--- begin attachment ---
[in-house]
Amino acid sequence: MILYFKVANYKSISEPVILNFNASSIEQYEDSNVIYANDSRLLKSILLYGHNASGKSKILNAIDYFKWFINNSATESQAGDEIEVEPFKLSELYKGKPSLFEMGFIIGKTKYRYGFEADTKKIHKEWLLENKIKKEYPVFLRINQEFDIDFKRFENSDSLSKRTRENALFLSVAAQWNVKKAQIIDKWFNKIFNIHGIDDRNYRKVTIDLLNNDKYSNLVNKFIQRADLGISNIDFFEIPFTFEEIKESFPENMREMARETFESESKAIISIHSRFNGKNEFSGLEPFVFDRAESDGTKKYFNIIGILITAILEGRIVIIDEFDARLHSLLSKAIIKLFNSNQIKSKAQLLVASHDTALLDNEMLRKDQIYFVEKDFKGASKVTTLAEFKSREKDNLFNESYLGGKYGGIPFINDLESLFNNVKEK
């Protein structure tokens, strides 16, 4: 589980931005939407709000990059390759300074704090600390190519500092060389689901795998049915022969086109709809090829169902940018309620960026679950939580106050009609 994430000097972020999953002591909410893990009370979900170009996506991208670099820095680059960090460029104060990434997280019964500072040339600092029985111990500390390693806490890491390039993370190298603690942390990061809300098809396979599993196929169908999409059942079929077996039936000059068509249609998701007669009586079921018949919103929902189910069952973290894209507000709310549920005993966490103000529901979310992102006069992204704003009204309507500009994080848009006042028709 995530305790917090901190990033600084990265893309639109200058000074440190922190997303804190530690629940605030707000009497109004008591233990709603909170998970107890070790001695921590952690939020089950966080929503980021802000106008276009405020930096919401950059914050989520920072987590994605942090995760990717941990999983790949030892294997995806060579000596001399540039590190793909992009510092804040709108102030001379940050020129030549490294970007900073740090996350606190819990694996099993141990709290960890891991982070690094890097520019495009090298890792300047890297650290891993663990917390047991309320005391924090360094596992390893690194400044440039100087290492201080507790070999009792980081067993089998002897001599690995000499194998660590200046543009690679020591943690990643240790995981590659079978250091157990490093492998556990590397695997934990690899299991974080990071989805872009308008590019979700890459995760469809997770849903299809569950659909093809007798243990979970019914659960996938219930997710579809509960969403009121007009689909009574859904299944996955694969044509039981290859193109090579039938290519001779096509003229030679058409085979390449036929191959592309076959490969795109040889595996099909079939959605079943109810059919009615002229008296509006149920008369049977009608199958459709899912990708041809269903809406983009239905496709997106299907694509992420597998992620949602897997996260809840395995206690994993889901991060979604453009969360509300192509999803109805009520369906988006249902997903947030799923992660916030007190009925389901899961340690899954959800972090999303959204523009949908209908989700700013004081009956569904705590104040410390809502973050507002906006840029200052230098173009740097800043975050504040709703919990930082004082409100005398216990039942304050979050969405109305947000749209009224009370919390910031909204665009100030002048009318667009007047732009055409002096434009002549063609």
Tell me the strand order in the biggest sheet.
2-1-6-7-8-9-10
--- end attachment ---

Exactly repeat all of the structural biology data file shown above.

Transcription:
[in-house]
Amino acid sequence: MILYFKVANYKSISEPVILNFNASSIEQYEDSNVIYANDSRLLKSILLYGHNASGKSKILNAIDYFKWFINNSATESQAGDEIEVEPFKLSELYKGKPSLFEMGFIIGKTKYRYGFEADTKKIHKEWLLENKIKKEYPVFLRINQEFDIDFKRFENSDSLSKRTRENALFLSVAAQWNVKKAQIIDKWFNKIFNIHGIDDRNYRKVTIDLLNNDKYSNLVNKFIQRADLGISNIDFFEIPFTFEEIKESFPENMREMARETFESESKAIISIHSRFNGKNEFSGLEPFVFDRAESDGTKKYFNIIGILITAILEGRIVIIDEFDARLHSLLSKAIIKLFNSNQIKSKAQLLVASHDTALLDNEMLRKDQIYFVEKDFKGASKVTTLAEFKSREKDNLFNESYLGGKYGGIPFINDLESLFNNVKEK
């Protein structure tokens, strides 16, 4: 589980931005939407709000990059390759300074704090600390190519500092060389689901795998049915022969086109709809090829169902940018309620960026679950939580106050009609 994430000097972020999953002591909410893990009370979900170009996506991208670099820095680059960090460029104060990434997280019964500072040339600092029985111990500390390693806490890491390039993370190298603690942390990061809300098809396979599993196929169908999409059942079929077996039936000059068509249609998701007669009586079921018949919103929902189910069952973290894209507000709310549920005993966490103000529901979310992102006069992204704003009204309507500009994080848009006042028709 995530305790917090901190990033600084990265893309639109200058000074440190922190997303804190530690629940605030707000009497109004008591233990709603909170998970107890070790001695921590952690939020089950966080929503980021802000106008276009405020930096919401950059914050989520920072987590994605942090995760990717941990999983790949030892294997995806060579000596001399540039590190793909992009510092804040709108102030001379940050020129030549490294970007900073740090996350606190819990694996099993141990709290960890891991982070690094890097520019495009090298890792300047890297650290891993663990917390047991309320005391924090360094596992390893690194400044440039100087290492201080507790070999009792980081067993089998002897001599690995000499194998660590200046543009690679020591943690990643240790995981590659079978250091157990490093492998556990590397695997934990690899299991974080990071989805872009308008590019979700890459995760469809997770849903299809569950659909093809007798243990979970019914659960996938219930997710579809509960969403009121007009689909009574859904299944996955694969044509039981290859193109090579039938290519001779096509003229030679058409085979390449036929191959592309076959490969795109040889595996099909079939959605079943109810059919009615002229008296509006149920008369049977009608199958459709899912990708041809269903809406983009239905496709997106299907694509992420597998992620949602897997996260809840395995206690994993889901991060979604453009969360509300192509999803109805009520369906988006249902997903947030799923992660916030007190009925389901899961340690899954959800972090999303959204523009949908209908989700700013004081009956569904705590104040410390809502973050507002906006840029200052230098173009740097800043975050504040709703919990930082004082409100005398216990039942304050979050969405109305947000749209009224009370919390910031909204665009100030002048009318667009007047732009055409002096434009002549063609």
Tell me the strand order in the biggest sheet.
2-1-6-7-8-9-10